Now, we arrive at Half-Blood Prince. Come to think of it, there’s really not much to complain from apart from the plot holes & drastic changes, so what made it such an unsatisfying experience? The whole movie was quite beautifully made on screen, along with stellar acting. It did have its engaging & chilling moments, so why did I left the hall feeling like it was the slowest unhappening movie ever?
Yes, every Potter fan is not going to stop grumbling about the many changes & left-outs of the book’s complicated plot, from the roles of Dobby & Kreacher to the Gaunts memory. I didn’t actually feel too bad about those, understanding that condensing the books to fit a film is required, but admittedly, this movie has strayed so far from the books it begs the big question of how the movies are going to bring a justified closure to the Potter journey in Deathly Hallows Part I & II. The humour was aplenty & quite brilliant, but over-switching between all those subplots & the more crucial main story of the Horcruxes, Voldemort’s past & Malfoy’s plan made it quite confusing, losing all sense of urgency & significance of the final build-up towards Deathly Hallows. Despite a handful of scenes that were brilliantly executed (such as Katie Bell being poisoned), addition of new scenes & the exclusion of the roles of Fleur, Bill & Scrimgeour were questionable, while Neville as well as Tonks were wasted (especially Tena’s Tonks, who made such an interesting presence in Order of the Phoenix). Yes, most of the crucial scenes were polished & beautifully done, but honestly, all sense of suspense & build-up were lost all the way towards the end, culminating in a non-climatic way. Dumbledore’s death felt hollow on screen, & Snape being revealed as the Half-blood Prince, & more importantly, as a pivotal ambiguous character, did not have its predicted impact.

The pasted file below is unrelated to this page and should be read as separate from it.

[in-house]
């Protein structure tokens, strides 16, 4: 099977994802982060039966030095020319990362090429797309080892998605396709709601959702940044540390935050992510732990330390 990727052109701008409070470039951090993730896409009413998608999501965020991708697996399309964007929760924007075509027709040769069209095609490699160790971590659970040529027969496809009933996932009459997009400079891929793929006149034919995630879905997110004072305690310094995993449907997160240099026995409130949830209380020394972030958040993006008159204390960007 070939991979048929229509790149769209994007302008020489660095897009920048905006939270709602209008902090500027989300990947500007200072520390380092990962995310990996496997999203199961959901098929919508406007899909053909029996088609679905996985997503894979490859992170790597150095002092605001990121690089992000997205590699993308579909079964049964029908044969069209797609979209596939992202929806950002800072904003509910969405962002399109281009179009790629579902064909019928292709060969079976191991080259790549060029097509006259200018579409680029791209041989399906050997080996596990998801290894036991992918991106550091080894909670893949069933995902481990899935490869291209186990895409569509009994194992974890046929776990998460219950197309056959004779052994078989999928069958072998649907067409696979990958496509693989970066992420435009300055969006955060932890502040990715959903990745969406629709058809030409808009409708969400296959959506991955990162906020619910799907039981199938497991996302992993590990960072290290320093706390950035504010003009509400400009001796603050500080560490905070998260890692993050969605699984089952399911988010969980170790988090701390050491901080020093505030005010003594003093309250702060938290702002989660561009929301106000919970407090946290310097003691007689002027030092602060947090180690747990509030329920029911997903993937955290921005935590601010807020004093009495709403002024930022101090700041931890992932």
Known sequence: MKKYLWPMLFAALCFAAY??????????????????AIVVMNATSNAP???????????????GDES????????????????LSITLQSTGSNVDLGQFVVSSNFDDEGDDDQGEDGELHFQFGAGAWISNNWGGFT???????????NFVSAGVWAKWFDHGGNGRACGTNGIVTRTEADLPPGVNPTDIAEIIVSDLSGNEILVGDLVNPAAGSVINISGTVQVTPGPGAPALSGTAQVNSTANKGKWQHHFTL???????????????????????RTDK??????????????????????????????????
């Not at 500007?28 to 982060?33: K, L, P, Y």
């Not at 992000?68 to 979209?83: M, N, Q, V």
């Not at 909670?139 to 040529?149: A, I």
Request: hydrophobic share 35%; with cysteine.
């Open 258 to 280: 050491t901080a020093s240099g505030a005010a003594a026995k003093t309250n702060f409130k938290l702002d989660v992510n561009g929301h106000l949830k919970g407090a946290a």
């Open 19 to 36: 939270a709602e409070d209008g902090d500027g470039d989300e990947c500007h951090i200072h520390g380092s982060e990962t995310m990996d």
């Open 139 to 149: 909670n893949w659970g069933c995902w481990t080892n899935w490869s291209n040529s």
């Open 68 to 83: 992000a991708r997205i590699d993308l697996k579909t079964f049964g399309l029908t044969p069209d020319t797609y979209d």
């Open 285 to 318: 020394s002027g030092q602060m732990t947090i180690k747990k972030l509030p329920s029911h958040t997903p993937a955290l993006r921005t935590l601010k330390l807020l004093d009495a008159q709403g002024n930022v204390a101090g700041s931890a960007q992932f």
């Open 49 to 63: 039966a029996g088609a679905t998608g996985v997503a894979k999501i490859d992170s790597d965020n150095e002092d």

Of course, despite all this, it’s still freaking way better than Twilight. Romance included.